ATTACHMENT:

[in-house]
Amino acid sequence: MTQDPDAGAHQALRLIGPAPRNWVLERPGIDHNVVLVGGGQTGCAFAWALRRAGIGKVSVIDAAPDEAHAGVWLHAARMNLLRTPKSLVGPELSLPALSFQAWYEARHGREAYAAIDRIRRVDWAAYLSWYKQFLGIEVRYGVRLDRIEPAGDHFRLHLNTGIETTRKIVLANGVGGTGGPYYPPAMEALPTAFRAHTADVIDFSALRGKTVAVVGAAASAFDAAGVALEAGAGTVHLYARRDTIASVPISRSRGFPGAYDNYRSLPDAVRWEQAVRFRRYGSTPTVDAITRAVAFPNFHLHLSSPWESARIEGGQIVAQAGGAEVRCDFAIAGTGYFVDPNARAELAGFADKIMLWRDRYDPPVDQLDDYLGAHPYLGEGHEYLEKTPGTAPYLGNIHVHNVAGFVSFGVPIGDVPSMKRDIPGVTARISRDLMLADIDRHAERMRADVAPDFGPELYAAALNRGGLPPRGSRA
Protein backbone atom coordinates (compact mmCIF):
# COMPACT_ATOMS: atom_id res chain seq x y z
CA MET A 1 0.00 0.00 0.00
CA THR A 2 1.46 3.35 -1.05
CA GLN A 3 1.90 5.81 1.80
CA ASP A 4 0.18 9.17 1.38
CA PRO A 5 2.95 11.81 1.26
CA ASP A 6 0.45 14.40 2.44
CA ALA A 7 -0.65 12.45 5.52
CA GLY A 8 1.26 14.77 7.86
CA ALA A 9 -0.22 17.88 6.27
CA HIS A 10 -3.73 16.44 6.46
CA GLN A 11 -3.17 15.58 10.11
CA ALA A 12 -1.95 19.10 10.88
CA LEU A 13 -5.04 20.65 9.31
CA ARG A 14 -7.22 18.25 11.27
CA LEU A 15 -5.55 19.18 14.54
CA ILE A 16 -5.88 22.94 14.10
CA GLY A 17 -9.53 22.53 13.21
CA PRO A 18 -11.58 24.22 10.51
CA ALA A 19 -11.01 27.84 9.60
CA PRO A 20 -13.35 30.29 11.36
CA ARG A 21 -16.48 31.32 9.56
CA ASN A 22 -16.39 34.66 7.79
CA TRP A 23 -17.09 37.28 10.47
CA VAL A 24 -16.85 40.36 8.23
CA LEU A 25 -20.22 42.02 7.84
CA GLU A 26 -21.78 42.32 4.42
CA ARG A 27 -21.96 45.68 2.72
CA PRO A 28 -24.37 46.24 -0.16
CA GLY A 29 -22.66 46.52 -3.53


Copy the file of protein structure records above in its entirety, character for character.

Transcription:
[in-house]
Amino acid sequence: MTQDPDAGAHQALRLIGPAPRNWVLERPGIDHNVVLVGGGQTGCAFAWALRRAGIGKVSVIDAAPDEAHAGVWLHAARMNLLRTPKSLVGPELSLPALSFQAWYEARHGREAYAAIDRIRRVDWAAYLSWYKQFLGIEVRYGVRLDRIEPAGDHFRLHLNTGIETTRKIVLANGVGGTGGPYYPPAMEALPTAFRAHTADVIDFSALRGKTVAVVGAAASAFDAAGVALEAGAGTVHLYARRDTIASVPISRSRGFPGAYDNYRSLPDAVRWEQAVRFRRYGSTPTVDAITRAVAFPNFHLHLSSPWESARIEGGQIVAQAGGAEVRCDFAIAGTGYFVDPNARAELAGFADKIMLWRDRYDPPVDQLDDYLGAHPYLGEGHEYLEKTPGTAPYLGNIHVHNVAGFVSFGVPIGDVPSMKRDIPGVTARISRDLMLADIDRHAERMRADVAPDFGPELYAAALNRGGLPPRGSRA
Protein backbone atom coordinates (compact mmCIF):
# COMPACT_ATOMS: atom_id res chain seq x y z
CA MET A 1 0.00 0.00 0.00
CA THR A 2 1.46 3.35 -1.05
CA GLN A 3 1.90 5.81 1.80
CA ASP A 4 0.18 9.17 1.38
CA PRO A 5 2.95 11.81 1.26
CA ASP A 6 0.45 14.40 2.44
CA ALA A 7 -0.65 12.45 5.52
CA GLY A 8 1.26 14.77 7.86
CA ALA A 9 -0.22 17.88 6.27
CA HIS A 10 -3.73 16.44 6.46
CA GLN A 11 -3.17 15.58 10.11
CA ALA A 12 -1.95 19.10 10.88
CA LEU A 13 -5.04 20.65 9.31
CA ARG A 14 -7.22 18.25 11.27
CA LEU A 15 -5.55 19.18 14.54
CA ILE A 16 -5.88 22.94 14.10
CA GLY A 17 -9.53 22.53 13.21
CA PRO A 18 -11.58 24.22 10.51
CA ALA A 19 -11.01 27.84 9.60
CA PRO A 20 -13.35 30.29 11.36
CA ARG A 21 -16.48 31.32 9.56
CA ASN A 22 -16.39 34.66 7.79
CA TRP A 23 -17.09 37.28 10.47
CA VAL A 24 -16.85 40.36 8.23
CA LEU A 25 -20.22 42.02 7.84
CA GLU A 26 -21.78 42.32 4.42
CA ARG A 27 -21.96 45.68 2.72
CA PRO A 28 -24.37 46.24 -0.16
CA GLY A 29 -22.66 46.52 -3.53